We do see that, but we also see some important other signatures:
- The galaxies have the same spectral lines at high redshifts, telling us that the sizes and properties of atoms billions of years ago are the same as they are today.
- That the physical size of the galaxies are determined by their masses alone; that galaxies of the same mass today and at early times are the same physical size.
- And that the way the cosmic web (and large-scale structure) grows or doesn’t is dependent only on the amount of mass present in a given region of space.
So it looks like it’s the “coins” analogy rather than the “paint” analogy. When we look out at the Universe, we see that the fabric of space itself expands in all circumstances unless there’s another force that works to bind an object together. This actually fits in theoretically with what we expect completely, because unlike we commonly think of it, the expansion isn’t a force, but is rather a rate. When something becomes bound together, it doesn’t matter what the force doing the binding is, whether it’s a nuclear force in the case of protons and nuclei, whether it’s an electromagnetic force in the case of atoms, cells or humans, or whether it’s a gravitational force in the case of planets, stars, galaxies or even clusters of galaxies.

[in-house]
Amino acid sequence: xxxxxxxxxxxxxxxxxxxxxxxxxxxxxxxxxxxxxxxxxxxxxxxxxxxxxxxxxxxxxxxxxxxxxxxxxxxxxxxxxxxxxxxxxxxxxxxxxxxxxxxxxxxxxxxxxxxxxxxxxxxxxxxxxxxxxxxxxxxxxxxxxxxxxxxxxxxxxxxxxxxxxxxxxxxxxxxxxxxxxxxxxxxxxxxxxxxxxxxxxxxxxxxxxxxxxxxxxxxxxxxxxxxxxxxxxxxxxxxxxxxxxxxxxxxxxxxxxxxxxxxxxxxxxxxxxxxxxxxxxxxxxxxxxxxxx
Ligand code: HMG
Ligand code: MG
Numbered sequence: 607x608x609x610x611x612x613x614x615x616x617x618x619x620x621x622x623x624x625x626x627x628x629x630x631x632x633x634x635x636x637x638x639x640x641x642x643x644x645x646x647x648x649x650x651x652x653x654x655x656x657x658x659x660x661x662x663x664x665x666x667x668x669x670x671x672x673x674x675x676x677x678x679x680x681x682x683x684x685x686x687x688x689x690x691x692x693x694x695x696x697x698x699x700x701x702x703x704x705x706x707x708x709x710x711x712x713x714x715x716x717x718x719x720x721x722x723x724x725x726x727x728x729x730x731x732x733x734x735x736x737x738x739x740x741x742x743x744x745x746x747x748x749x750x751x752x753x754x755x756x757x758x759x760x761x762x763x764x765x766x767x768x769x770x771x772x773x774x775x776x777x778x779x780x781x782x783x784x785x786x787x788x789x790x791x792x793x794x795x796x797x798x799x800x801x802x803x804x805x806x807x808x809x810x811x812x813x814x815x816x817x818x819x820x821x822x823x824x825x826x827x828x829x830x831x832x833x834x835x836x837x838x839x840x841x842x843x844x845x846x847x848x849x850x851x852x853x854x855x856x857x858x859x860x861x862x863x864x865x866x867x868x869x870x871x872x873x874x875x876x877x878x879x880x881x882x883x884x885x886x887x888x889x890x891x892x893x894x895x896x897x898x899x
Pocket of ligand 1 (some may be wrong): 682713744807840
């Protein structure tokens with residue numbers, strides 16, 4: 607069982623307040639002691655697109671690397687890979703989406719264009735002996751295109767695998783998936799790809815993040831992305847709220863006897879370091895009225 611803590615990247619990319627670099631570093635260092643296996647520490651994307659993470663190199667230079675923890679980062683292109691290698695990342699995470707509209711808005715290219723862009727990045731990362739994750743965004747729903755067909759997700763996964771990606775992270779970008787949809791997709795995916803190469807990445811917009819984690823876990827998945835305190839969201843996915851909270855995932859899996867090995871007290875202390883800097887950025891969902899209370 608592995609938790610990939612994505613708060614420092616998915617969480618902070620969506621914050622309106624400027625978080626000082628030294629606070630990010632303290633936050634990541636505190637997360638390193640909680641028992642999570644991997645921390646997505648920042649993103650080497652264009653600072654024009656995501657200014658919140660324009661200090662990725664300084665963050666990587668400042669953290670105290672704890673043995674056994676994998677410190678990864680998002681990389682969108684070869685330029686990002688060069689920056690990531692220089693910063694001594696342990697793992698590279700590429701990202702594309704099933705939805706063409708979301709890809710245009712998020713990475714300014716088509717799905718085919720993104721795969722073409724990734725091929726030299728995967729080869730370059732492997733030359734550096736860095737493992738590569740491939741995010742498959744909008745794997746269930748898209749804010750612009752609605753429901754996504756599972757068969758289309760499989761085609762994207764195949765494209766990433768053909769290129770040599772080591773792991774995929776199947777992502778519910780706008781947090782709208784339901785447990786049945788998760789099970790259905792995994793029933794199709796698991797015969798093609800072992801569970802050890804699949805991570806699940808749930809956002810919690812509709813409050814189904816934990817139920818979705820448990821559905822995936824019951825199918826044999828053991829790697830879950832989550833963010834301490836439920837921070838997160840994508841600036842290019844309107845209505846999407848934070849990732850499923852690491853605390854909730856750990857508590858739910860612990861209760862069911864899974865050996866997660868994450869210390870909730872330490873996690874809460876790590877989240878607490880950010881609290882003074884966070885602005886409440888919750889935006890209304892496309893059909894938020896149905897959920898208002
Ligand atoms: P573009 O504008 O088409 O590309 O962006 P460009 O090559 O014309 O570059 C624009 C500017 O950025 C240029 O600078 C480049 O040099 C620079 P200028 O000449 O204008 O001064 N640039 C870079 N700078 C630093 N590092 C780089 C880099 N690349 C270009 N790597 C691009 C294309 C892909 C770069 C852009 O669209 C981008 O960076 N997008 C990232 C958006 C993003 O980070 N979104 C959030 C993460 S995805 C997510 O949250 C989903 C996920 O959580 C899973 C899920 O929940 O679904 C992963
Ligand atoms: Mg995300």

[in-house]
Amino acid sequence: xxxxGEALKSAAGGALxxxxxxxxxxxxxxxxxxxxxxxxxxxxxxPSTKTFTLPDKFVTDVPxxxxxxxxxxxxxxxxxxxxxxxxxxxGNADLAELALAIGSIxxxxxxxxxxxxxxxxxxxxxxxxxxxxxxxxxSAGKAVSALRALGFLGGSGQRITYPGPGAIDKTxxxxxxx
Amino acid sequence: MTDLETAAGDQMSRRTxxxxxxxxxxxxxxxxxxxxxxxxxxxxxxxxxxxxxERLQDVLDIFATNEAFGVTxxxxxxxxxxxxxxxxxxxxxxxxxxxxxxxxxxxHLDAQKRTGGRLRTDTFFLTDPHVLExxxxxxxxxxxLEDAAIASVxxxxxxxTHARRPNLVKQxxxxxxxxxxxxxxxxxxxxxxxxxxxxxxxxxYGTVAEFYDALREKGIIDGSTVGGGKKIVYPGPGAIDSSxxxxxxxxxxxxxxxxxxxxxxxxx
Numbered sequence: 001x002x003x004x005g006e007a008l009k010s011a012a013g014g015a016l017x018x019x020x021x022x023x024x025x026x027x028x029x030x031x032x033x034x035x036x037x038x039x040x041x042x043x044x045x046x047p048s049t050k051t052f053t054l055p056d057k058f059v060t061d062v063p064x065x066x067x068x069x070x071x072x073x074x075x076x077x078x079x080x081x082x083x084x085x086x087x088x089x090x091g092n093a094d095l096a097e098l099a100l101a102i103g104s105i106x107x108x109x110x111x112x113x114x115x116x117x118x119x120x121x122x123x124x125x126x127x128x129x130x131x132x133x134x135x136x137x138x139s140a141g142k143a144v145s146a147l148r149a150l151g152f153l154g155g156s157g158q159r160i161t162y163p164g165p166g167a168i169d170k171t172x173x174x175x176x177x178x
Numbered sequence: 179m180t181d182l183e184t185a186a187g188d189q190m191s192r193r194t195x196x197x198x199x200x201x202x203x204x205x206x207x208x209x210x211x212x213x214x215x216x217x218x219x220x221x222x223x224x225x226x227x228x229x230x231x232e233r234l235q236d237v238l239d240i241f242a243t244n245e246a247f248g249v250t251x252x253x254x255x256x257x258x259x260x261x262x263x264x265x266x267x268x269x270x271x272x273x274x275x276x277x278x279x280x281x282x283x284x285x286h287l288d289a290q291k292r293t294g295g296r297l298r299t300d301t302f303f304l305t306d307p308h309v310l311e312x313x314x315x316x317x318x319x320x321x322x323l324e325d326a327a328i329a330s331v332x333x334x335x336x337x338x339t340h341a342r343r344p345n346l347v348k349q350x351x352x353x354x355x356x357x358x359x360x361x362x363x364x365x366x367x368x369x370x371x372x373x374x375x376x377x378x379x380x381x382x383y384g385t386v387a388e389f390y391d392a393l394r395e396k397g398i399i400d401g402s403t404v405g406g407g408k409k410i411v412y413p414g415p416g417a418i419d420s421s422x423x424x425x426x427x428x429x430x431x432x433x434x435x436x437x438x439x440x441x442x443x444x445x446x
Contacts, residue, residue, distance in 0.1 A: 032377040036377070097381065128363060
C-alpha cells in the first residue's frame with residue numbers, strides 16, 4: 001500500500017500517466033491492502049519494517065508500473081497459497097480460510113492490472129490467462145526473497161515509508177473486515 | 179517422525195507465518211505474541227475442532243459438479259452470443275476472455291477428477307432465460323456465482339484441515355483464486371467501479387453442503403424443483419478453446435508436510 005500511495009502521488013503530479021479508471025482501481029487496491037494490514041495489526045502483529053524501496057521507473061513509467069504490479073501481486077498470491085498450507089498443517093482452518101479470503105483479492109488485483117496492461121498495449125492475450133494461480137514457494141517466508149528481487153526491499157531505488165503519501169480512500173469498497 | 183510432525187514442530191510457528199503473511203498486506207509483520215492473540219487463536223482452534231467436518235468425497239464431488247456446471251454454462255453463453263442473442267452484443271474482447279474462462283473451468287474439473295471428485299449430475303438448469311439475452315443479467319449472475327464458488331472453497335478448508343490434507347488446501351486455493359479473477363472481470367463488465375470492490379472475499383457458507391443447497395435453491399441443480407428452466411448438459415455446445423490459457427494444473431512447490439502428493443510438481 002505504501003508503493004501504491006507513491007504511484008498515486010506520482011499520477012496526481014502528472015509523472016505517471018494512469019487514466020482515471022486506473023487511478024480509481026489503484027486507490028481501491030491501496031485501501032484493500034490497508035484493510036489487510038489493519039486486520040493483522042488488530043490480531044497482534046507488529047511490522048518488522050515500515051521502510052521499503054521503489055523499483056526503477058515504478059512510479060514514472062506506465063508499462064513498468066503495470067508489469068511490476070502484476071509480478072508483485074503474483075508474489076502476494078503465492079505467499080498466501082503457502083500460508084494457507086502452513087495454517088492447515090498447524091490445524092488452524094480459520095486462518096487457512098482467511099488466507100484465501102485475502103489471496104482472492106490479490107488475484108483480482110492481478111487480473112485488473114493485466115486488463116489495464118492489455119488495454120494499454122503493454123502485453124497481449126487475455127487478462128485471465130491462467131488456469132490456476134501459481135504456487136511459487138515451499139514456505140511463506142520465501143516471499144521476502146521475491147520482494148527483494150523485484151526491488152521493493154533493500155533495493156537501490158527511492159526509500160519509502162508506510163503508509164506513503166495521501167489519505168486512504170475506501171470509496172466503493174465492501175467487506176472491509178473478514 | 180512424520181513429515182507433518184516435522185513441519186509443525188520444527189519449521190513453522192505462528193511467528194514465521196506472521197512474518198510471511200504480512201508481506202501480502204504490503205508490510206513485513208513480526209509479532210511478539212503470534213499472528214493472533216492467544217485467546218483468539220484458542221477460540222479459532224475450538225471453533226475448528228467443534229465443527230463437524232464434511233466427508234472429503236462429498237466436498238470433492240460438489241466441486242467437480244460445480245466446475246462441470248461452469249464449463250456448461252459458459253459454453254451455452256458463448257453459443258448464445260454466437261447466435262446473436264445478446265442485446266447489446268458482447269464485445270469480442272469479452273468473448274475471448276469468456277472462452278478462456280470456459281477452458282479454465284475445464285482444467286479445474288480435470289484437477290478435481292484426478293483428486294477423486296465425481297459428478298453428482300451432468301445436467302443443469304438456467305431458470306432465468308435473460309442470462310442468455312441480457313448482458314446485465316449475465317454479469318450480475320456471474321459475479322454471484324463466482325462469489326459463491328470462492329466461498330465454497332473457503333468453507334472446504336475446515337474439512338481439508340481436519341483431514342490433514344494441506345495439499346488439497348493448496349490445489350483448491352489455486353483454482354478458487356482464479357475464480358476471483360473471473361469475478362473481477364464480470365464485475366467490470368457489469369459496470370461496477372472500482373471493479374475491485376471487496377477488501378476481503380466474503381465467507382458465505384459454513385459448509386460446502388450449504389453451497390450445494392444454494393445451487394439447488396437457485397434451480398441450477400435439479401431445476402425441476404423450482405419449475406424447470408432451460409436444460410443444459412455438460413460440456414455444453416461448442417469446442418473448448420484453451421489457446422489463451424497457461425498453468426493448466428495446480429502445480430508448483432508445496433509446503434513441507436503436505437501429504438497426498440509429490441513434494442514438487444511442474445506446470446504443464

While the fabric of space itself expands, it expands at a certain speed-per-unit-distance. (In reality, this is just units of inverse time.) As a rule-of-thumb, if the force between any two objects causes them to attract at a greater rate than the expansion of the Universe would cause the space between them to expand, then they no longer act like paint; they act like coins. Our bodies are bound together; every atom is bound together; our local group is already bound together; even the entire Coma cluster of galaxies (above) is bound together! But it’s important to remember that this is all relative. The expansion of the Universe doesn’t affect our local group or anything within it because our local group is too tightly bound for that, but go outside of it and space itself continues to expand. This is why distant galaxies (and other bound structures) continue to recede from us, even as individually we’re all locally bound to our own regions of space.
But we can go to arbitrarily small regions of space in the unbound regions, where there is no matter present, and we’d find that any sized-region — light years, kilometers, microns, proton-sized, or Planck-sized (or even smaller) — expands in direct accord with Hubble’s Law. The rate of the expansion of space, in General Relativity, allows you to treat the fabric of space as though it’s completely continuous, with no need to quantize it as you might in quantum physics. This remains valid for the expansion of the Universe, right up until the moment where you put a bound structure inside it! There’s no fundamental limit to how small a bit of space can be and still expand, but it needs to either be empty or sufficiently large so that the “structure” that you’re in can’t overcome the expansion itself.